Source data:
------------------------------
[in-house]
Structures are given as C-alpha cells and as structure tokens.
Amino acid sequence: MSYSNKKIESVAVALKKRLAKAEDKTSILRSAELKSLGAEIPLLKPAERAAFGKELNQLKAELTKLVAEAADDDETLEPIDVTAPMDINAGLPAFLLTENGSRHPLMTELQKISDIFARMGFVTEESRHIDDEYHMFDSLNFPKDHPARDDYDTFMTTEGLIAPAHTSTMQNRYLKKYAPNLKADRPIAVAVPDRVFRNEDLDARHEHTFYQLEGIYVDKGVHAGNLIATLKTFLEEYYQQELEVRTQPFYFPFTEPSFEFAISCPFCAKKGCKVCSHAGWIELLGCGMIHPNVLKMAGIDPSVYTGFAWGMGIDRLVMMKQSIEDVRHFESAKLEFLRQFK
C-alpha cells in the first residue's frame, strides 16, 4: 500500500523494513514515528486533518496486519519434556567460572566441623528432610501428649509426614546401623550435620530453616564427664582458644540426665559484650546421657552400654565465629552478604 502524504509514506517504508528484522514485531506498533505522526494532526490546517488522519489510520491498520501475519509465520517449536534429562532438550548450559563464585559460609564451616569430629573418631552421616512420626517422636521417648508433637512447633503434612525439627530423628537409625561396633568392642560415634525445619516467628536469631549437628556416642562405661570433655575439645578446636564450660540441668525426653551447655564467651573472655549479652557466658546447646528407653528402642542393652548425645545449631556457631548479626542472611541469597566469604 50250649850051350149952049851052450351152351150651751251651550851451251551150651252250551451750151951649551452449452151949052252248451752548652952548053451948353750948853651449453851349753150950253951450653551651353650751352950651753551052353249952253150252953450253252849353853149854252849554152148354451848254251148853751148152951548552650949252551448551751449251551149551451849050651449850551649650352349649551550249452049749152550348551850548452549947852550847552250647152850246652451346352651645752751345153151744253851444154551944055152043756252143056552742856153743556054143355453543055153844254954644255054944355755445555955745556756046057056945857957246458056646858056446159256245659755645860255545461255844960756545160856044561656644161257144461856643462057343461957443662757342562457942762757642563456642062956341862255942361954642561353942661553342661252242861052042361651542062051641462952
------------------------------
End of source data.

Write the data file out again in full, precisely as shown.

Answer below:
[in-house]
Structures are given as C-alpha cells and as structure tokens.
Amino acid sequence: MSYSNKKIESVAVALKKRLAKAEDKTSILRSAELKSLGAEIPLLKPAERAAFGKELNQLKAELTKLVAEAADDDETLEPIDVTAPMDINAGLPAFLLTENGSRHPLMTELQKISDIFARMGFVTEESRHIDDEYHMFDSLNFPKDHPARDDYDTFMTTEGLIAPAHTSTMQNRYLKKYAPNLKADRPIAVAVPDRVFRNEDLDARHEHTFYQLEGIYVDKGVHAGNLIATLKTFLEEYYQQELEVRTQPFYFPFTEPSFEFAISCPFCAKKGCKVCSHAGWIELLGCGMIHPNVLKMAGIDPSVYTGFAWGMGIDRLVMMKQSIEDVRHFESAKLEFLRQFK
C-alpha cells in the first residue's frame, strides 16, 4: 500500500523494513514515528486533518496486519519434556567460572566441623528432610501428649509426614546401623550435620530453616564427664582458644540426665559484650546421657552400654565465629552478604 502524504509514506517504508528484522514485531506498533505522526494532526490546517488522519489510520491498520501475519509465520517449536534429562532438550548450559563464585559460609564451616569430629573418631552421616512420626517422636521417648508433637512447633503434612525439627530423628537409625561396633568392642560415634525445619516467628536469631549437628556416642562405661570433655575439645578446636564450660540441668525426653551447655564467651573472655549479652557466658546447646528407653528402642542393652548425645545449631556457631548479626542472611541469597566469604 50250649850051350149952049851052450351152351150651751251651550851451251551150651252250551451750151951649551452449452151949052252248451752548652952548053451948353750948853651449453851349753150950253951450653551651353650751352950651753551052353249952253150252953450253252849353853149854252849554152148354451848254251148853751148152951548552650949252551448551751449251551149551451849050651449850551649650352349649551550249452049749152550348551850548452549947852550847552250647152850246652451346352651645752751345153151744253851444154551944055152043756252143056552742856153743556054143355453543055153844254954644255054944355755445555955745556756046057056945857957246458056646858056446159256245659755645860255545461255844960756545160856044561656644161257144461856643462057343461957443662757342562457942762757642563456642062956341862255942361954642561353942661553342661252242861052042361651542062051641462952